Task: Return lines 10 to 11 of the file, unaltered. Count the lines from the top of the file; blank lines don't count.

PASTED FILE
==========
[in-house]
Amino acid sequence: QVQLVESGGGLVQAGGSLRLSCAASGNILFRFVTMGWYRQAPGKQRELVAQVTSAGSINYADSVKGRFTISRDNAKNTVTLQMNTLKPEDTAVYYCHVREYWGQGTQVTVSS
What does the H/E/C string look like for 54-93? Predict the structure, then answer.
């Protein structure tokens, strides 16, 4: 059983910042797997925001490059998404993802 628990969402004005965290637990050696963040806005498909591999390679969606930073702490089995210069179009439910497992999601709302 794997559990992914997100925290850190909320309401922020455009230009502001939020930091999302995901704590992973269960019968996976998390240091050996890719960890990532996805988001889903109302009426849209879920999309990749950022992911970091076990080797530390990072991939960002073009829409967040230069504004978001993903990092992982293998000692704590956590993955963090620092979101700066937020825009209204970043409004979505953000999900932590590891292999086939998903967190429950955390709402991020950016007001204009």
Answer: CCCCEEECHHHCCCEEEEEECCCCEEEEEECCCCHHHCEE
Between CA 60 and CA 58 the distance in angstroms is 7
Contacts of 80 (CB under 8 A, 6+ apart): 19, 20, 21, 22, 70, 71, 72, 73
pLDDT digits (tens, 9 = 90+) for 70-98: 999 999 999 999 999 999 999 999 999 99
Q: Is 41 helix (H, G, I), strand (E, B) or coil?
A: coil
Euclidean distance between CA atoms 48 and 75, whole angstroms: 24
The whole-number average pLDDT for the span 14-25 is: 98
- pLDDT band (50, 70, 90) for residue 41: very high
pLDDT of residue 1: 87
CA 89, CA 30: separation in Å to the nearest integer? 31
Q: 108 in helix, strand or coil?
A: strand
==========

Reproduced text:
A: coil
Euclidean distance between CA atoms 48 and 75, whole angstroms: 24